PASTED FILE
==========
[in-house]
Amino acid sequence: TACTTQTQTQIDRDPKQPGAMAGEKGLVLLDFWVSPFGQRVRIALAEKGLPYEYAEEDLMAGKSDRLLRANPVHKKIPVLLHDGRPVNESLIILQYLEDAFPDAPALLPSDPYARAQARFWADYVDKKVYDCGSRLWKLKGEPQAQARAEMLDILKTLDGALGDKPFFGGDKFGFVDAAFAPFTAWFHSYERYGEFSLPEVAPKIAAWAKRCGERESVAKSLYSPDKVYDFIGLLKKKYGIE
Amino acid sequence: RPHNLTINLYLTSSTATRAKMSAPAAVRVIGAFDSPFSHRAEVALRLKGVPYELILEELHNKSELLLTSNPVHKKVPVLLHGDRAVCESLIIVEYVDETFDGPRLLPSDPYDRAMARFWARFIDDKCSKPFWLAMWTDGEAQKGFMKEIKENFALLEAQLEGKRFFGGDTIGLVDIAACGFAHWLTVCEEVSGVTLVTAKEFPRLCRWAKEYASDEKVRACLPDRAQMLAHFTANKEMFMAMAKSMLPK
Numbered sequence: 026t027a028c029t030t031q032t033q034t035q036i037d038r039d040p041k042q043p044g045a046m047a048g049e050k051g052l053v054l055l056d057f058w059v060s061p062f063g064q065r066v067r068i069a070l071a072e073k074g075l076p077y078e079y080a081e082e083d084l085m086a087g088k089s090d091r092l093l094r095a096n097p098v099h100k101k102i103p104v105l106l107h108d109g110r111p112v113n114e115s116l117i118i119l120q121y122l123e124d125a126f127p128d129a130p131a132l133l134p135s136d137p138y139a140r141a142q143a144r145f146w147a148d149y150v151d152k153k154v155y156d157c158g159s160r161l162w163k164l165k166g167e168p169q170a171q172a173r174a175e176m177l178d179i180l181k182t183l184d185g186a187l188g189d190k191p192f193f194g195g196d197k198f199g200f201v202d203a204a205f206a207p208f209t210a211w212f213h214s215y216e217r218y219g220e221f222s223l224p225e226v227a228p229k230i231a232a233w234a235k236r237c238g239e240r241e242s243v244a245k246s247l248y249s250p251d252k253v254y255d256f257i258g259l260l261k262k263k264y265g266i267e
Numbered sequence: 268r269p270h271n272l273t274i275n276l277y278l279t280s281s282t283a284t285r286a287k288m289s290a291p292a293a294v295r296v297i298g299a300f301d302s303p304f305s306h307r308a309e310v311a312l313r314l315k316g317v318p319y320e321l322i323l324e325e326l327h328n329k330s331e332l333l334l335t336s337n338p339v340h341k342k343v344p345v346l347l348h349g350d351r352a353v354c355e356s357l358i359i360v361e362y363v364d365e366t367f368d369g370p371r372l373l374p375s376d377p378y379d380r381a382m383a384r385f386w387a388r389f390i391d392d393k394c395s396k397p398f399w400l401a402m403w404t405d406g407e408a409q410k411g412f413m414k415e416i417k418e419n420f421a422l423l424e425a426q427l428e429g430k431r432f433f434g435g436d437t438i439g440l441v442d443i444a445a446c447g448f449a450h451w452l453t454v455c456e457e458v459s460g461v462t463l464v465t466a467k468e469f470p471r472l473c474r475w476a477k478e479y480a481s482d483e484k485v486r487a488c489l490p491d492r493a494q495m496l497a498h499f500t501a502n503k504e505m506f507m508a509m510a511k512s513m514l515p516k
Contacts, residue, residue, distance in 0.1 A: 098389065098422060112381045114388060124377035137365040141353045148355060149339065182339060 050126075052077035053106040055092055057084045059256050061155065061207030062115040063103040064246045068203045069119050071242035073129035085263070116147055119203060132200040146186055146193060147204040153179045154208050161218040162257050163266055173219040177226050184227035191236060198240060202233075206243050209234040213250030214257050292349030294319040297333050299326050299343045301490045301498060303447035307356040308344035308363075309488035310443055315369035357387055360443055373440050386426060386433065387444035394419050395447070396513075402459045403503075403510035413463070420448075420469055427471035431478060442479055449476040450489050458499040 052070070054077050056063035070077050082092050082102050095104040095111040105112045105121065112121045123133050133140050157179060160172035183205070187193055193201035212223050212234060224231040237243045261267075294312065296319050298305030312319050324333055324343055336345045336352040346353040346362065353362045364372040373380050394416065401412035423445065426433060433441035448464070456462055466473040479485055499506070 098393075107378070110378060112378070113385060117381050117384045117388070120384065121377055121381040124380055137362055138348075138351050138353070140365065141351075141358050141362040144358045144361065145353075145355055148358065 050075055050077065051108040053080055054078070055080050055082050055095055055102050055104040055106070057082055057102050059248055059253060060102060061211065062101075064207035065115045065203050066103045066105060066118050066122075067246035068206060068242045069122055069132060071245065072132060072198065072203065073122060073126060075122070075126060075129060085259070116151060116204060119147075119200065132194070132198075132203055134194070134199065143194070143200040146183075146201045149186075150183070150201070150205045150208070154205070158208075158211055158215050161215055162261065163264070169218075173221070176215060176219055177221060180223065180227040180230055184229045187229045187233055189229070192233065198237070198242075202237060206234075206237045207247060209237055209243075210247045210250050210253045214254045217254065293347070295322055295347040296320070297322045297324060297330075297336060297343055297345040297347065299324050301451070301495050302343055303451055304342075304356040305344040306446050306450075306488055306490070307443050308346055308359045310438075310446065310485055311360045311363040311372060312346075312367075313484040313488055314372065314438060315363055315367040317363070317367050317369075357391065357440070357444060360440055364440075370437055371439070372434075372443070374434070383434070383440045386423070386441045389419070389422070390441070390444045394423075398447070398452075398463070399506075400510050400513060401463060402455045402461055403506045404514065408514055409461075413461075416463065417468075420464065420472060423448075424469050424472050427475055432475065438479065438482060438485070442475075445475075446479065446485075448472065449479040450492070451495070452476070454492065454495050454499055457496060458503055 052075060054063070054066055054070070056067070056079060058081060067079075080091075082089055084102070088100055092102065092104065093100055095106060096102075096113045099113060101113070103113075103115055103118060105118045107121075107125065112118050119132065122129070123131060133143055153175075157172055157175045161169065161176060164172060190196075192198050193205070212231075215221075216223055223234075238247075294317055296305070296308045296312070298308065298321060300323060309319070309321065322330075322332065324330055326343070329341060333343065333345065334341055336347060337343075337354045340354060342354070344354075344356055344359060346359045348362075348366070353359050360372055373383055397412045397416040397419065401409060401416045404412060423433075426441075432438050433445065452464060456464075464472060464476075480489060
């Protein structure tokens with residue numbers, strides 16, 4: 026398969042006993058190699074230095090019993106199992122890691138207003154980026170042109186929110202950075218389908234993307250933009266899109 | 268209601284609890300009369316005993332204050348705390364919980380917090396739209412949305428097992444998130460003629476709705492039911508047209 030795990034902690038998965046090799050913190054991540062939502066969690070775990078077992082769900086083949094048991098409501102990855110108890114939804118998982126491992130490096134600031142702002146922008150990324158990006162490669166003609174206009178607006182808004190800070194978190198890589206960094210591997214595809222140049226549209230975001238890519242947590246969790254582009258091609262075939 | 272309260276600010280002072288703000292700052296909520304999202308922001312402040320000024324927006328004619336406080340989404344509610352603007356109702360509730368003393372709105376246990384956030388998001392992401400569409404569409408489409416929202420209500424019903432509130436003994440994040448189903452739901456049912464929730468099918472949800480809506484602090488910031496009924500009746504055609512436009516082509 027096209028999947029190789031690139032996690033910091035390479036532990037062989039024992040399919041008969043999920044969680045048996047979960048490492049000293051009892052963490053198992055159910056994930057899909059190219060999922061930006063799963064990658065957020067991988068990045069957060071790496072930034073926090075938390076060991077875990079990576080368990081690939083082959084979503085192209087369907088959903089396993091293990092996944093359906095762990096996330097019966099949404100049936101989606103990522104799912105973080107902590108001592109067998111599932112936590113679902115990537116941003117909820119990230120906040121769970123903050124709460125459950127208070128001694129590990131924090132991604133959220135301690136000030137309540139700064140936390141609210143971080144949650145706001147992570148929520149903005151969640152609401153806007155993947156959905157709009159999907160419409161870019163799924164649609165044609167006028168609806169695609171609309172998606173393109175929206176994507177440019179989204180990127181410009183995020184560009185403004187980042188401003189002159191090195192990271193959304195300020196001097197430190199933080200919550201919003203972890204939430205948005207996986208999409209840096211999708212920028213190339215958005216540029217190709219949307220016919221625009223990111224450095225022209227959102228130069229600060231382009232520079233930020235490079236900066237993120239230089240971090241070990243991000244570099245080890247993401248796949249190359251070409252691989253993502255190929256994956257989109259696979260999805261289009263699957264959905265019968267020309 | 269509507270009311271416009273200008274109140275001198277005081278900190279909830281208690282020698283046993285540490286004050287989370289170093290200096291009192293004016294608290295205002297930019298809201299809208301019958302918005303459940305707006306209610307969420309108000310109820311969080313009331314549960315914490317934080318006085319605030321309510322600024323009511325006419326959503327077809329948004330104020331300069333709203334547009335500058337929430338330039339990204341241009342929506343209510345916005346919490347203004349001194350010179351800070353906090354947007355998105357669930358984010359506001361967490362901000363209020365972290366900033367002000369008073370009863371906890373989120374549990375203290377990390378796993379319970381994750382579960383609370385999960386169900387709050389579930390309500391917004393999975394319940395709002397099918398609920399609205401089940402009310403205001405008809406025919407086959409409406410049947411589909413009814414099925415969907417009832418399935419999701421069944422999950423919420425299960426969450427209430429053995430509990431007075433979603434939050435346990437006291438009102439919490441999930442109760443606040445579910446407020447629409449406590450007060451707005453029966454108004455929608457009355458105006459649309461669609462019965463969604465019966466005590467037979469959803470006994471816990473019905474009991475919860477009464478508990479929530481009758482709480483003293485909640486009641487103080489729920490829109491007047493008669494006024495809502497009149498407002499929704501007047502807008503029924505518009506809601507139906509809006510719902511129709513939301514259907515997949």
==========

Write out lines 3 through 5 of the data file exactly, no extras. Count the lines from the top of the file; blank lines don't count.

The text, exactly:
Amino acid sequence: RPHNLTINLYLTSSTATRAKMSAPAAVRVIGAFDSPFSHRAEVALRLKGVPYELILEELHNKSELLLTSNPVHKKVPVLLHGDRAVCESLIIVEYVDETFDGPRLLPSDPYDRAMARFWARFIDDKCSKPFWLAMWTDGEAQKGFMKEIKENFALLEAQLEGKRFFGGDTIGLVDIAACGFAHWLTVCEEVSGVTLVTAKEFPRLCRWAKEYASDEKVRACLPDRAQMLAHFTANKEMFMAMAKSMLPK
Numbered sequence: 026t027a028c029t030t031q032t033q034t035q036i037d038r039d040p041k042q043p044g045a046m047a048g049e050k051g052l053v054l055l056d057f058w059v060s061p062f063g064q065r066v067r068i069a070l071a072e073k074g075l076p077y078e079y080a081e082e083d084l085m086a087g088k089s090d091r092l093l094r095a096n097p098v099h100k101k102i103p104v105l106l107h108d109g110r111p112v113n114e115s116l117i118i119l120q121y122l123e124d125a126f127p128d129a130p131a132l133l134p135s136d137p138y139a140r141a142q143a144r145f146w147a148d149y150v151d152k153k154v155y156d157c158g159s160r161l162w163k164l165k166g167e168p169q170a171q172a173r174a175e176m177l178d179i180l181k182t183l184d185g186a187l188g189d190k191p192f193f194g195g196d197k198f199g200f201v202d203a204a205f206a207p208f209t210a211w212f213h214s215y216e217r218y219g220e221f222s223l224p225e226v227a228p229k230i231a232a233w234a235k236r237c238g239e240r241e242s243v244a245k246s247l248y249s250p251d252k253v254y255d256f257i258g259l260l261k262k263k264y265g266i267e
Numbered sequence: 268r269p270h271n272l273t274i275n276l277y278l279t280s281s282t283a284t285r286a287k288m289s290a291p292a293a294v295r296v297i298g299a300f301d302s303p304f305s306h307r308a309e310v311a312l313r314l315k316g317v318p319y320e321l322i323l324e325e326l327h328n329k330s331e332l333l334l335t336s337n338p339v340h341k342k343v344p345v346l347l348h349g350d351r352a353v354c355e356s357l358i359i360v361e362y363v364d365e366t367f368d369g370p371r372l373l374p375s376d377p378y379d380r381a382m383a384r385f386w387a388r389f390i391d392d393k394c395s396k397p398f399w400l401a402m403w404t405d406g407e408a409q410k411g412f413m414k415e416i417k418e419n420f421a422l423l424e425a426q427l428e429g430k431r432f433f434g435g436d437t438i439g440l441v442d443i444a445a446c447g448f449a450h451w452l453t454v455c456e457e458v459s460g461v462t463l464v465t466a467k468e469f470p471r472l473c474r475w476a477k478e479y480a481s482d483e484k485v486r487a488c489l490p491d492r493a494q495m496l497a498h499f500t501a502n503k504e505m506f507m508a509m510a511k512s513m514l515p516k